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Ronaldo's Proudest Day Came as Youth Player

Christiano Ronaldo Photo

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Cristiano Ronaldo scored against Morocco in a 1-0 victory, putting Portugal on the verge of the knockout stage. Shutterstock.com


Cristiano Ronaldo’s toughest task may not have been climbing the youth system in Portugal and eventually signing a contract with Manchester United, but rather earning the interest of his mother in his soccer career.

Cristiano Ronaldo/Shutterstock.com

Just a few months ago, many were ready to write Portugal’s Cristiano Ronaldo off after an apparent "decline," citing old age as the reason. His goal scoring form dipped, Real Madrid saw itself out of the domestic trophy race as early as November and eliminated from Copa del Rey by a mid-table team.

Was it time for Ronaldo to hang up the boots?

Fast forward to today and there is a new question being asked: Is Ronaldo the greatest player of all time?

Ronaldo has made the Champions League, Europe's most prestigious and difficult soccer competition, his personal playground. In the Champions League he holds the records for: most goals (120), most goals in a single season (17), most finals won (5), only player to score in three finals, only player to score in all six group stage games, only player to score in 11 consecutive Champions League games.

To put it in perspective, if Ronaldo was a club he would be tenth on the all-time scoring list in the Champions League. What's more, he does all this in style. His overhead kick against Juventus was such an outstanding display of skill and athleticism that he became one of the few players in history to receive a standing ovation in a rival stadium.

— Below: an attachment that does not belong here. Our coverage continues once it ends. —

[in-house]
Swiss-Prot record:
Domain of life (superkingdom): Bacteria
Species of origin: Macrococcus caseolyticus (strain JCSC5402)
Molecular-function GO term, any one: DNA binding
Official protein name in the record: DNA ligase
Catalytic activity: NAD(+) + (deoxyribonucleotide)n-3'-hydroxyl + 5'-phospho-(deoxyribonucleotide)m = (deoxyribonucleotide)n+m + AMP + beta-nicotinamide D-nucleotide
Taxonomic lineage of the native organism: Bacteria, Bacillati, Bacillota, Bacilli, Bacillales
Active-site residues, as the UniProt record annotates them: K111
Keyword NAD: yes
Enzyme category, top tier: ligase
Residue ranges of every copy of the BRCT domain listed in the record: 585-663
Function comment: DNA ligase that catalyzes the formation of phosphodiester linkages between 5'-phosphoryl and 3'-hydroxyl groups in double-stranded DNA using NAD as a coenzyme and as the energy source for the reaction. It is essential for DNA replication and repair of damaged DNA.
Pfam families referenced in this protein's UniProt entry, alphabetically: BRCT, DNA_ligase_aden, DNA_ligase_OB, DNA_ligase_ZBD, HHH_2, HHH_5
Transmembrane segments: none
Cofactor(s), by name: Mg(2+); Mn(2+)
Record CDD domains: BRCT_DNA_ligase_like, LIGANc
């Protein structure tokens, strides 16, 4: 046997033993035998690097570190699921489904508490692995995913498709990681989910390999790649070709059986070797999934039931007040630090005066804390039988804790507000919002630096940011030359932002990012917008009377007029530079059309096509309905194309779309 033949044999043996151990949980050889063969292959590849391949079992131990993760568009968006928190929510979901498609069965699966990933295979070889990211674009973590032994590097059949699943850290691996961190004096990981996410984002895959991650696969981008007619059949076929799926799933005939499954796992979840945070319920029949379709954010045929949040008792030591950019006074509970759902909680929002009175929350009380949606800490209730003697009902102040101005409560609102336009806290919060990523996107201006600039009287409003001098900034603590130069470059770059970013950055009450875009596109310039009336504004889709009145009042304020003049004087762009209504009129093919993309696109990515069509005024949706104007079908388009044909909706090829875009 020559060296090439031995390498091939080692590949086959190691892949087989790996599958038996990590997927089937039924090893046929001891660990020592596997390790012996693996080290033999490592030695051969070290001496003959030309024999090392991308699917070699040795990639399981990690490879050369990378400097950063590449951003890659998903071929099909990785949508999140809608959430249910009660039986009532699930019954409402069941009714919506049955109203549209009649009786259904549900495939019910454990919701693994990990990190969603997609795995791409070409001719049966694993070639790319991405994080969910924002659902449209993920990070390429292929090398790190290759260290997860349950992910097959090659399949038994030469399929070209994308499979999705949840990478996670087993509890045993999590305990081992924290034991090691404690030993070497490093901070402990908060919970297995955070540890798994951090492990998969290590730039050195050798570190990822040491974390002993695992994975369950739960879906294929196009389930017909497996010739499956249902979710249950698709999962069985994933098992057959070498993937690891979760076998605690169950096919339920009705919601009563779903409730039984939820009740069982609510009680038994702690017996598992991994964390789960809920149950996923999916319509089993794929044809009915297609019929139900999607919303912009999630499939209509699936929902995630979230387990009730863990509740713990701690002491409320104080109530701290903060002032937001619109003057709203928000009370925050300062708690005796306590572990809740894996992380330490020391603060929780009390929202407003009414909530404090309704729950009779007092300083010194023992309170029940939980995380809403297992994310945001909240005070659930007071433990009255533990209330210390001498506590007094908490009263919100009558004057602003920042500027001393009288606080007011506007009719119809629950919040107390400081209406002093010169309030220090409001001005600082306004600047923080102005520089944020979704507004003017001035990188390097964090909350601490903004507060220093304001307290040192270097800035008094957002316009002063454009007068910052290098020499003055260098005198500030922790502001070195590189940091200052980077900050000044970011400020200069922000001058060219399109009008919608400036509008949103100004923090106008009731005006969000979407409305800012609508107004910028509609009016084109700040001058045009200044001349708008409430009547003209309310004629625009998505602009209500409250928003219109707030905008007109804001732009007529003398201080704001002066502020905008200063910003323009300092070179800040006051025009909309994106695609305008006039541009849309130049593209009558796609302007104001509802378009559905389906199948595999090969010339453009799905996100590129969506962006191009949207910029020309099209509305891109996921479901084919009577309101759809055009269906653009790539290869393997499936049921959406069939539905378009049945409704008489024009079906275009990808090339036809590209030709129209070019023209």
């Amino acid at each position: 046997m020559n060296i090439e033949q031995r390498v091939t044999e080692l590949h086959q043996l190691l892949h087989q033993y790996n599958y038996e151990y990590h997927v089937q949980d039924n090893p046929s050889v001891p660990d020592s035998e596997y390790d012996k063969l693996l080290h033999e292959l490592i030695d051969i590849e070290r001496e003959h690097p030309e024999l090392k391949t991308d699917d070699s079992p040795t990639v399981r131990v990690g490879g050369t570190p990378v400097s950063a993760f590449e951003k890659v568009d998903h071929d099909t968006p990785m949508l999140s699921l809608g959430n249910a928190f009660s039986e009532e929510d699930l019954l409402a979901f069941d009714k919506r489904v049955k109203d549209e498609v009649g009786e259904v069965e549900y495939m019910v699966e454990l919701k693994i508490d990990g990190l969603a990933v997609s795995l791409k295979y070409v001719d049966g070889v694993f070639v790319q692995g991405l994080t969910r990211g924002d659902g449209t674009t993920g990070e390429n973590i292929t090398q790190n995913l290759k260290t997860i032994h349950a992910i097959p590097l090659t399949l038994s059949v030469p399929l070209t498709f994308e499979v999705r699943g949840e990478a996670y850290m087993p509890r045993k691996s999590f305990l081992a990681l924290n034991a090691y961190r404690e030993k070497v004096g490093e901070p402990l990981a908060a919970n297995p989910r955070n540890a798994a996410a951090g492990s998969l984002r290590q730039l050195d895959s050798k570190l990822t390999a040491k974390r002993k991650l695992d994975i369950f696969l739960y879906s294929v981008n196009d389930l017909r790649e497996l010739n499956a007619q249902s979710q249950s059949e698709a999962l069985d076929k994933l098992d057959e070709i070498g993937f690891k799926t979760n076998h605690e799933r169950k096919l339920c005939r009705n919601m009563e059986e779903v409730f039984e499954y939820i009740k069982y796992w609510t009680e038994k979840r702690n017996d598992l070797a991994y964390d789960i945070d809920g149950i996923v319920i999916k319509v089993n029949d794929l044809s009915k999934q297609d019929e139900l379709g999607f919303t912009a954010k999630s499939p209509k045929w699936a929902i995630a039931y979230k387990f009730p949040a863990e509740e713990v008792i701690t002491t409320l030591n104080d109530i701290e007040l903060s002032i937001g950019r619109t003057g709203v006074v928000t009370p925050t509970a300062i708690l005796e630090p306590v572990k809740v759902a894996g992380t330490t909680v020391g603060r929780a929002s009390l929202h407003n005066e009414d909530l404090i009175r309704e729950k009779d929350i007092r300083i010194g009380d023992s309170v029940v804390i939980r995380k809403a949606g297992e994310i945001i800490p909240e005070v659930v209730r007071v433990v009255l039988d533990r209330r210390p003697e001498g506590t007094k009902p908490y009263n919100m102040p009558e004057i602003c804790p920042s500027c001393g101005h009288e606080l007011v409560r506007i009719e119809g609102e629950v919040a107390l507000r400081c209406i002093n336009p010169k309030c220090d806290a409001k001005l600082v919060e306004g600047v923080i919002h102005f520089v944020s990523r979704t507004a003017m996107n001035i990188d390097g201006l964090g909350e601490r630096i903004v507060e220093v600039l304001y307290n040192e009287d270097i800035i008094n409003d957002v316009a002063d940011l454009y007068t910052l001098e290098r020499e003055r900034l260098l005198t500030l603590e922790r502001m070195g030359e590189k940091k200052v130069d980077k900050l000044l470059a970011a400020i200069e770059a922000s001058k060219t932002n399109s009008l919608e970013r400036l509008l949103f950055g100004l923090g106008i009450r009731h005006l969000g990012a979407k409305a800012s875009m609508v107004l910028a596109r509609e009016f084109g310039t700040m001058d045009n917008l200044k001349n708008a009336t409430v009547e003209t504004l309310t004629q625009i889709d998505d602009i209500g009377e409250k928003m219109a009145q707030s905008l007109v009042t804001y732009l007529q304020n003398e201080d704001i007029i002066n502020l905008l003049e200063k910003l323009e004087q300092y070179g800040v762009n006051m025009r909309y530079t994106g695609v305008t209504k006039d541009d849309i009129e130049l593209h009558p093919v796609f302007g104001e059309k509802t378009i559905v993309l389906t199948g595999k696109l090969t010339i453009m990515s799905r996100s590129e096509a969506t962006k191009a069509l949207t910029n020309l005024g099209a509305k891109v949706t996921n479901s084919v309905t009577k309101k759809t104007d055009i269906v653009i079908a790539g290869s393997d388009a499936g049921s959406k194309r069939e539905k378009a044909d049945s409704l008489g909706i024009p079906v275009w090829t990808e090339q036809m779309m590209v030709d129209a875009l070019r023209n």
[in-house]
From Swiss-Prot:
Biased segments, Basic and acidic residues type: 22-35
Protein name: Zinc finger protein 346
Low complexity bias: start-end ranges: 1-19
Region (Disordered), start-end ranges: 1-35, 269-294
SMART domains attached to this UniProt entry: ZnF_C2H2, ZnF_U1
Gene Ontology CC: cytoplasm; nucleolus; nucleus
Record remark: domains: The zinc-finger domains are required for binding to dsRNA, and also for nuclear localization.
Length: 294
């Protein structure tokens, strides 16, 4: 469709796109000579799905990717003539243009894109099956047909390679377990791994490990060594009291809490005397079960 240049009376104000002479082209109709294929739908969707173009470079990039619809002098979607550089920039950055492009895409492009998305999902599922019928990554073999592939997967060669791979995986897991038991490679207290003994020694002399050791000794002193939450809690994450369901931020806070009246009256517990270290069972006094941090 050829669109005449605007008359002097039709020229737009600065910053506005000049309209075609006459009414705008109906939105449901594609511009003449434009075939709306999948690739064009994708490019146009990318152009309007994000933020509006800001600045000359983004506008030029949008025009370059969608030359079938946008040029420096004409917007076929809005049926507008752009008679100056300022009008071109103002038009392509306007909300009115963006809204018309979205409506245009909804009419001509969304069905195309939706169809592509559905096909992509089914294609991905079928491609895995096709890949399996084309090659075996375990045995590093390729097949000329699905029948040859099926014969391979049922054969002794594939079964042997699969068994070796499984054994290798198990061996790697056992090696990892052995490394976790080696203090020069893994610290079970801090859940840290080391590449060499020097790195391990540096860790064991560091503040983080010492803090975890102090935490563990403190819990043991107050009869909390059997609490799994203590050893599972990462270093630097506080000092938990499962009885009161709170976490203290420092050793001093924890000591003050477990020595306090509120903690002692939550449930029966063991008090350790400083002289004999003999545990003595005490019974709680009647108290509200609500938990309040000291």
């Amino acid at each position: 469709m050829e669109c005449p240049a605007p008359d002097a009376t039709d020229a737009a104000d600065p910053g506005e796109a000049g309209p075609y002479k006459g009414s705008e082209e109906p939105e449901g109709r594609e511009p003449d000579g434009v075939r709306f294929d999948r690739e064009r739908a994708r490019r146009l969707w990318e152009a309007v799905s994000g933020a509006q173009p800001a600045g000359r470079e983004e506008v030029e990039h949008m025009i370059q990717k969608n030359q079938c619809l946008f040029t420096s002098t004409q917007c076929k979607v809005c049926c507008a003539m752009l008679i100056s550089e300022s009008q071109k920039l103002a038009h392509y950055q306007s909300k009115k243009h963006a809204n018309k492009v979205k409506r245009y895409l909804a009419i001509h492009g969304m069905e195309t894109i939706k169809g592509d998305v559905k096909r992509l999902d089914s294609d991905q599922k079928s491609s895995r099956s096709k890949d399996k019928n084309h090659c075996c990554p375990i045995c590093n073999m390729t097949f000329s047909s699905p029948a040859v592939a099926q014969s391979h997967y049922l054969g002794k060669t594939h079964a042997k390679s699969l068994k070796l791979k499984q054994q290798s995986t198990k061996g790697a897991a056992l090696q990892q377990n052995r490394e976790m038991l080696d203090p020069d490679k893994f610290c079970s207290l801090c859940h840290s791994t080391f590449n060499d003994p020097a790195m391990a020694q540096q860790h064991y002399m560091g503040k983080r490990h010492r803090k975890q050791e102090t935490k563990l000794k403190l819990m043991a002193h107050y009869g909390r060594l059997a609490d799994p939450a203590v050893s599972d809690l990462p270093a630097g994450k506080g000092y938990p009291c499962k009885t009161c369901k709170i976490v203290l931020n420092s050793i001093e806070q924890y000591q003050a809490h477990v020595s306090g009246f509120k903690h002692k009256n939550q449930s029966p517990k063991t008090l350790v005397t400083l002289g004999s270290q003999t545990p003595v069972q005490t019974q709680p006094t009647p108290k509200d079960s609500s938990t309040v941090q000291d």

On his journey to becoming a global icon, Ronaldo’s toughest task may not have been climbing the youth system in Portugal and eventually signing a contract with Manchester United, but rather earning the interest of his mother in his soccer career.

According to Ronaldo in an article he wrote for The Player’s Tribune, as a young player he would look to the sidelines only to see his father there. Even when he and his father, Aveiro, would come home and tell his mother and sister about Ronaldo’s successes on the pitch, there was still a vacant spot waiting for them on the sidelines.

Eventually, however, Ronaldo’s soccer skills became a must-watch phenomenon and his mother and sister finally obliged. Ronaldo describes his proudest day as a player as the one that he finally looked over and saw his mother and sister in the stands, and he often looks back at that moment with nostalgia.   

Following the family triumph, Ronaldo moved to Lisbon at the age of 11 to pursue his soccer career, and he had to grow up in a hurry. Though his family provided moral support, his father’s return from army service in Angola brought problems for the family, as Aveiro struggled to stay sober and to find work.

For the young Ronaldo, alone in Lisbon, the transition was difficult. The culture and accent were completely different from his hometown, Madiera, and he was often made fun of for the way he talked. Instead of giving up, however, Ronaldo pressed on.

He decided to train after practice for his youth team and would sneak out of his dormitory to hone his craft. The hard work paid off and then some. In 2002, at the age of 17, Ronaldo signed his first pro contract, and the following season he was awarded with a transfer to Manchester United, one of the most prestigious clubs in the world.

Despite his gaudy club numbers, it is clear that Ronaldo is not just a club player. On the international stage Ronaldo is the all-time top goal scorer for Portugal and is currently the third-highest international goal scorer of all-time, two goals behind second-place Farenc Puskás. He's participated in eight major tournaments: four UEFA European Championships (2004, 2008, 2012 and 2016), three FIFA World Cups (2006, 2010 and 2014) and one FIFA Confederations Cup (2017) and scored in them all.

Love him or hate him, Ronaldo is impossible to ignore. He's entertaining, effective, knows how to put on a show and, above all, knows how to win. In international competitions he averages 0.94 goals per match, a number that says more than words ever could.

Ronaldo and Portugal faces off against Iran, Morocco and Spain in this year's World Cup. And while moving on to the next round will be no easy feat, there isn't a better man for the job than the one who led Portugal to its first EUFA European Championship in 2016.

After having thoroughly conquered the rest of the soccer world, it’s now clear the FIFA World Cup is the only jewel left to place on Ronaldo’s ever-growing crown.

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Issues & Advice, 2018 World Cup